Oregon Prior Bad Acts: Analysis of “Prior Bad Act” Evidence for Criminal Defense Lawyers (2 of 10)
State v. Williams controls: There is a new other act analysis paradigm, which is now more favorable to Oregon criminal defendants.
State v. Williams, 357 Or 1 (2015), holds that Oregon Evidence Code 404(3) no longer applies to evidence offered of a defendant’s prior bad acts. Instead, OEC 404(4) now controls. Williams can be broken down into a three-part test for the admissibility of prior act evidence: (1) establish how the prior act is relevant under OEC 401; (2) establish whether the evidence is being offered for a propensity or non-propensity purpose and, if for non-propensity, establish what exactly it is being offered for; and (3) determine if the evidence is admissible after an OEC 403 balancing test. Williams confirms that the framework for such an analysis begins with OEC 404(4), which provides:
In criminal actions, evidence of other crimes, wrongs or acts by the defendant is admissible if relevant except as otherwise provided by:
– [OEC 406 through 412] and, to the extent required by the United States Constitution or the Oregon Constitution, [OEC 403];
– The rules of evidence relating to privilege and hearsay;
– The Oregon Constitution; and
– The United States Constitution.
Under Williams, the admission of other acts evidence violates due process unless the evidence is subjected to the balancing test provided by OEC 403. Williams at 18-19. OEC 404(4) also provides that propensity evidence is subject to exclusion under the other authorities listed in OEC 404(4)(a)-(d). As the Williams court reasoned:
When a party objects, under OEC 403, to “other acts” evidence offered under OEC 404(4), a trial court must engage in the balancing anticipated by OEC 403. At one end of the spectrum, “other acts” evidence that is offered for nonpropensity purposes – i.e., to prove motive, intent, identity, or lack of mistake or accident – generally will be admissible as long as the particular facts of the case do not demonstrate a risk of unfair prejudice that outweighs the probative value of the evidence. At the other end of the spectrum, as the State recognizes, when “other acts” evidence goes only to character and there are no permissible inferences the jury may draw from it, it is more likely that the evidence will be excluded. Such evidence generally will have little or no cognizable probative value, and the risk that the jury may conclude improperly that the defendant had acted in accordance with past acts on the occasion of the charged crime will be substantial.
State v. Williams, 357 Or at 19-20 (internal citations omitted). Therefore, the Due Process Clause requires the application of the OEC 403 balancing test and excluding other act evidence that fails the test.
Williams has been cited by other Oregon cases since it was decided and it is referenced several times in the analysis set forth herein. An understanding of the factual background of Williams is paramount in most cases because the Williams court’s opinion was built upon the unique proof issues in that child sex abuse case. The Williams defendant was alleged to have touched a 5-year-old; the State offered two pairs of underwear found in the defendant’s home to prove that the defendant touched the child victim for a sexual purpose (rather than touching her accidently without a sexual purpose). In effect, the State used the existence and location of the underwear to show that the sexual abuse defendant had a propensity for being sexually interested in children. The elements of that sex crime required the State to prove that the defendant had a sexual purpose in touching the child. There are limited ways to prove sexual purpose to an Oregon jury. Propensity evidence (the underwear) was almost the only way to prove sexual purpose in this situation. These details should be kept close at hand as the acts elected by the State are analyzed by an Oregon criminal defense lawyers.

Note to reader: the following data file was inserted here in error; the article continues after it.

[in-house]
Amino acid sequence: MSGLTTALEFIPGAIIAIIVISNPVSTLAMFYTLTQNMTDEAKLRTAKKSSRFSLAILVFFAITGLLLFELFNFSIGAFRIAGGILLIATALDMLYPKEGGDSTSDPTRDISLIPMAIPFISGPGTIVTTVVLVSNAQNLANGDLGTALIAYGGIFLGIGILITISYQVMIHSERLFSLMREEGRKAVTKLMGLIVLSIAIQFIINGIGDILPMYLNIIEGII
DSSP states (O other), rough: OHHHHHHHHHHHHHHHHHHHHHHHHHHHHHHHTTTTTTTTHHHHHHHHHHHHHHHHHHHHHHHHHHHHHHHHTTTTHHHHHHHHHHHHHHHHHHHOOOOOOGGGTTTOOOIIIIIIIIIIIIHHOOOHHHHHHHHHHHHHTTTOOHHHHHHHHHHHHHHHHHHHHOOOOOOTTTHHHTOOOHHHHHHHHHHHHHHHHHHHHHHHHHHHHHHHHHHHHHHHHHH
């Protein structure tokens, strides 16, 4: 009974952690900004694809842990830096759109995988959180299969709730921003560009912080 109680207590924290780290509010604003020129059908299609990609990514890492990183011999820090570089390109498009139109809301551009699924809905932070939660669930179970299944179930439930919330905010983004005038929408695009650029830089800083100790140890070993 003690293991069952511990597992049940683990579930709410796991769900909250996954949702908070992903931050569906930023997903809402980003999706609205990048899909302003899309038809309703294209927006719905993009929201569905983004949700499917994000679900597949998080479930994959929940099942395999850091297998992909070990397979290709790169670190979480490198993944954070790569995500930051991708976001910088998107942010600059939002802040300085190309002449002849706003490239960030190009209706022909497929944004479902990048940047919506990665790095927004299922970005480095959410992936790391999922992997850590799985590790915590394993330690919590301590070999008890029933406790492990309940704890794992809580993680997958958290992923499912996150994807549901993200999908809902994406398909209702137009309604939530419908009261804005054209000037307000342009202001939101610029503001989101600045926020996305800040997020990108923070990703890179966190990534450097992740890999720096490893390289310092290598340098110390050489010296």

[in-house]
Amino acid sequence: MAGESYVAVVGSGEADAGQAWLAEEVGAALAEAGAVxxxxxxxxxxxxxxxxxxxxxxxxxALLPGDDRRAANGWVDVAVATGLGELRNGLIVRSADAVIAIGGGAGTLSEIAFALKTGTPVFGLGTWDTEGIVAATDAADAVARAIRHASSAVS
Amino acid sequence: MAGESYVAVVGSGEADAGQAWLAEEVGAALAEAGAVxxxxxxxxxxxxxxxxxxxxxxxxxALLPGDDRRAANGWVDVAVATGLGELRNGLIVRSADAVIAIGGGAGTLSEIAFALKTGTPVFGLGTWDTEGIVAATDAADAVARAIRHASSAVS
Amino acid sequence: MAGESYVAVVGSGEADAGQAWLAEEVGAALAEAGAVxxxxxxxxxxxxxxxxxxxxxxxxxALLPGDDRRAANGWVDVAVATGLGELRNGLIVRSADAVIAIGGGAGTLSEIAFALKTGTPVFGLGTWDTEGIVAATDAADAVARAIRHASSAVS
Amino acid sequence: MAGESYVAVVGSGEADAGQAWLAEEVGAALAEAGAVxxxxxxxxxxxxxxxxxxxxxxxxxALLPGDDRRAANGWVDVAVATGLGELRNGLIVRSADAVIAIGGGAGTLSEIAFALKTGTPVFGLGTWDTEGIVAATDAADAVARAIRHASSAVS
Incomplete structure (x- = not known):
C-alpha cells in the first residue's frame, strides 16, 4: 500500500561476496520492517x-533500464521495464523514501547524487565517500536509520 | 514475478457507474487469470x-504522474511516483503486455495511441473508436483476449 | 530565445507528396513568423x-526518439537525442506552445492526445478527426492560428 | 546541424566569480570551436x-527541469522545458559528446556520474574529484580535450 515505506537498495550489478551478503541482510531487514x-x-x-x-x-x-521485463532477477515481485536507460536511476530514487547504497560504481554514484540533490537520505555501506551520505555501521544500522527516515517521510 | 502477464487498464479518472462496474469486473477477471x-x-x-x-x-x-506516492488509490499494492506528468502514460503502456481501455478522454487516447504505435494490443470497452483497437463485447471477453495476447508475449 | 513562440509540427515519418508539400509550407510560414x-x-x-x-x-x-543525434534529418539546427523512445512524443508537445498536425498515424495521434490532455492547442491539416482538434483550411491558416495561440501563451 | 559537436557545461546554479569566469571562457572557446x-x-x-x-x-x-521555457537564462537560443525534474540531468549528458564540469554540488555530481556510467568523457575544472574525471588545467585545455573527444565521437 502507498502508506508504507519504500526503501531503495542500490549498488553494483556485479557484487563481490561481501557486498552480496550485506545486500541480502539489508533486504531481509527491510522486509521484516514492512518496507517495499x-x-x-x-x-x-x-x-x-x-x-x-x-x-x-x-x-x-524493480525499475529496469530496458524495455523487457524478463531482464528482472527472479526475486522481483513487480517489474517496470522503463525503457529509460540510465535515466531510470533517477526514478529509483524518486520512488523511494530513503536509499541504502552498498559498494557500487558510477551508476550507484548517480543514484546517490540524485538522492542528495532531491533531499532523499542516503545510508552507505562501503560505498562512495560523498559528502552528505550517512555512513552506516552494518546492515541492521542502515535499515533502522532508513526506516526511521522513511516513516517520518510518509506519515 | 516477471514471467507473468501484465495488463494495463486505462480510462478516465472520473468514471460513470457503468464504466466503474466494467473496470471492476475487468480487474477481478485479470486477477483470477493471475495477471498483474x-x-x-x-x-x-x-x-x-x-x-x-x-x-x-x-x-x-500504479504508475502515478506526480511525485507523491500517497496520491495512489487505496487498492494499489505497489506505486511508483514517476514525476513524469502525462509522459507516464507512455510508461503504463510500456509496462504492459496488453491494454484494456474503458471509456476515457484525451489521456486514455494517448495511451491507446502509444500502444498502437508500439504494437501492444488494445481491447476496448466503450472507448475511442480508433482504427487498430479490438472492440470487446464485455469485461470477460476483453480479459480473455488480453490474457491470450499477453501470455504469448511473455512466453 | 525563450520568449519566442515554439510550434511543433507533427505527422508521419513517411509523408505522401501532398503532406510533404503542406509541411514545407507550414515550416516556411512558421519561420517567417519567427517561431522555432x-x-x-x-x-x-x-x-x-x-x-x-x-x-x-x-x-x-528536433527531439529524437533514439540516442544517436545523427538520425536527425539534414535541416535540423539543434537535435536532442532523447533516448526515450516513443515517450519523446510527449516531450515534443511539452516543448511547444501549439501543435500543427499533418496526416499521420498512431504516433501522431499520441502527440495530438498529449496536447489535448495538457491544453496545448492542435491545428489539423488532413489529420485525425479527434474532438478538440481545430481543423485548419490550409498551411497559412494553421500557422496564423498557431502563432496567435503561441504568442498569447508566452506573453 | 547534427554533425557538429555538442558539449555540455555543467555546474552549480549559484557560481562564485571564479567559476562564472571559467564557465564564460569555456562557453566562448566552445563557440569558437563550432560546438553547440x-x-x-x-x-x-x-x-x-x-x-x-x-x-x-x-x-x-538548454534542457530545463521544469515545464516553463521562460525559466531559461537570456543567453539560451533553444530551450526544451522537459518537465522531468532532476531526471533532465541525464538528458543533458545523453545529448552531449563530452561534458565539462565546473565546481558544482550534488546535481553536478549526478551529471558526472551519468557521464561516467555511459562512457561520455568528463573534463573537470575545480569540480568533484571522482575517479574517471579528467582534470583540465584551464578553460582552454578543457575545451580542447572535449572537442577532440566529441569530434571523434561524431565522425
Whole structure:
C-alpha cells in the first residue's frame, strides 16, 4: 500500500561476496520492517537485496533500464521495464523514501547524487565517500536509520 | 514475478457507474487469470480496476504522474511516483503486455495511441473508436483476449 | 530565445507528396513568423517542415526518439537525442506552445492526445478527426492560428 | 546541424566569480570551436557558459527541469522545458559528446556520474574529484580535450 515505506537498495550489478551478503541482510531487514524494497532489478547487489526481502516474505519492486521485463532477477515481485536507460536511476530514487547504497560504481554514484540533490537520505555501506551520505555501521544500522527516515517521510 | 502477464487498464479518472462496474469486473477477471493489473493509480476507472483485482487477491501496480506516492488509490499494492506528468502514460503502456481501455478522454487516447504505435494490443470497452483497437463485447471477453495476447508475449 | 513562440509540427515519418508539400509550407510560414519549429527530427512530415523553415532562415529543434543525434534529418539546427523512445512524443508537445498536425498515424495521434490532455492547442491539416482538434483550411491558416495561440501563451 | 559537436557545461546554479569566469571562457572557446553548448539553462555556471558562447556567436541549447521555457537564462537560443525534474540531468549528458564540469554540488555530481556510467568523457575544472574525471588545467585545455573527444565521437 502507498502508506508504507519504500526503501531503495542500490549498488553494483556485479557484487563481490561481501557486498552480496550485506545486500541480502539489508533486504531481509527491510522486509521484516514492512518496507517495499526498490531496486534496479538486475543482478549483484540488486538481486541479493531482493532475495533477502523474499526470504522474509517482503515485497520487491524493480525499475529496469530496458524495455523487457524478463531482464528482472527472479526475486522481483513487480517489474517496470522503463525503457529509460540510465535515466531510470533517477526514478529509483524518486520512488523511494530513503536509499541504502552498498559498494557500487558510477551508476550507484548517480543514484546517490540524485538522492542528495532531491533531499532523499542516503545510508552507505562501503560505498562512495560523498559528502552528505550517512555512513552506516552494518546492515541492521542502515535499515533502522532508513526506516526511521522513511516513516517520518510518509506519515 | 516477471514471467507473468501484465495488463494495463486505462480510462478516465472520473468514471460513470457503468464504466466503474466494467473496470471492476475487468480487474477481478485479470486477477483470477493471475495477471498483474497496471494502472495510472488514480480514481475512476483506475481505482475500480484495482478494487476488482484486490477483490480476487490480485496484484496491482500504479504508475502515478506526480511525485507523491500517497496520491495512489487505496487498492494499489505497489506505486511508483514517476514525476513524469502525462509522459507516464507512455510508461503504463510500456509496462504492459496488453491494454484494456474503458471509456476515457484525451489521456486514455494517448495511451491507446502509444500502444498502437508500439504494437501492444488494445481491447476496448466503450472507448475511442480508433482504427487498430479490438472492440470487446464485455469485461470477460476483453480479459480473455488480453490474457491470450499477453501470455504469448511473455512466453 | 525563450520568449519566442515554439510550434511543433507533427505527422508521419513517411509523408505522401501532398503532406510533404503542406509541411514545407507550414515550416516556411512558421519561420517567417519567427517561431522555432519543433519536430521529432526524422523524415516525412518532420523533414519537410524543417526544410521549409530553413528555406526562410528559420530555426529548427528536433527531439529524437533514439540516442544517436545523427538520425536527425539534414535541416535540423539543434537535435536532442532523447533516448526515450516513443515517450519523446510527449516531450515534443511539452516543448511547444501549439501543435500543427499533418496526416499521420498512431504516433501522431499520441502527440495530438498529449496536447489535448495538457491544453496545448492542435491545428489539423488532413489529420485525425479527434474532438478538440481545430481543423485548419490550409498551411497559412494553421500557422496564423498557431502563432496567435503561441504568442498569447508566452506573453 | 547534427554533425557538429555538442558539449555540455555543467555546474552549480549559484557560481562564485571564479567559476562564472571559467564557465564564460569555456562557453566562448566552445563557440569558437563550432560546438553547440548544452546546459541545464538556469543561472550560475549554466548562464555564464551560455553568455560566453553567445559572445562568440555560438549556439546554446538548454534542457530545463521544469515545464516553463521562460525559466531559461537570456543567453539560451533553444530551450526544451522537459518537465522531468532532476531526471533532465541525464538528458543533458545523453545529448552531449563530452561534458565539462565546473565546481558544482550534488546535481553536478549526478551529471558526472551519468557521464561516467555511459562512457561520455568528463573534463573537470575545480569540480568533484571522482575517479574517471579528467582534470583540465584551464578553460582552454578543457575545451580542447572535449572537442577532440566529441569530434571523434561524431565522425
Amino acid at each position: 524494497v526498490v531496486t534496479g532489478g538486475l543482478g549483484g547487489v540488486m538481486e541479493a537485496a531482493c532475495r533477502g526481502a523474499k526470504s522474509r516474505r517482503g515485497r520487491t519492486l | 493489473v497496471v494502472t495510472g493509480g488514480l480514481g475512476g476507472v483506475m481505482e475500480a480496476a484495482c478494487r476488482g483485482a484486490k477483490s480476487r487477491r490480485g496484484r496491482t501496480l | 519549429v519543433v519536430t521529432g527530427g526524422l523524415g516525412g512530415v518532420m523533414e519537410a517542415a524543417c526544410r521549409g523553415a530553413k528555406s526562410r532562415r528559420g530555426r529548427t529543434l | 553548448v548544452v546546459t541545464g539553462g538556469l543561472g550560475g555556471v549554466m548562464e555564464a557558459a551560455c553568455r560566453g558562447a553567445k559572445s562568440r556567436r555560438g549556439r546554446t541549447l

OEC 403 balancing test must be conducted due to Williams.
Propensity evidence is a major concern for injustice.
Ultimately, the Oregon Supreme holding in Williams that the OEC 403 balancing must take place is explicitly limited to sex cases, but based on the court’s reasoning, the balancing should also apply to an Oregon homicide/murder trial, as well as all Oregon other criminal defense cases. In reaching her opinion, Justice Walters takes the reader on an amazing journey through the history of the ban on propensity evidence through the common law.
She reasons that OEC 404’s bar on propensity evidence is a specific application of OEC 403’s balancing test for three main reasons:
(1) Risk of conviction for past misdeeds: “The theory is that the risk that the jury will convict for the crimes other than those charged, or because the accused deserves punishment for his past misdeeds, outweighs the probative value of the inference that ‘he’s done it before, he’s done or will do it again.’” State v. Williams, 357 Or at 6.
(2) Unfair to prepare for unrelated accusations: She also postulates that “[a]nother reason for the propensity rule in criminal cases is that it is viewed as unfair to require an accused to be prepared not only to defend against the immediate charge, but also to defend or explain away unrelated acts from the past.” Id.
(3) Trials within a trial confusing: Finally, the court concluded that “courts are concerned with the confusion of issues and undue consumption of time through what may be, in effect, a trial within a trial to ascertain the relationship between the purported other crime and the defendant.” Id.
OEC 403 Balancing is Constitutionally Required (Federally).
Williams goes into significant detail in tracing the federal analysis of the constitutional requirement of an FRE 403 balancing. Since there is no U.S. Supreme Court precedent, the court concluded that “we must determine as best we can, how that [Supreme] Court would rule if presented with the question before us.” Id. at 18. Then it concluded that an OEC 403 balancing was constitutionally required in the prosecution of child sexual abuse cases. Id.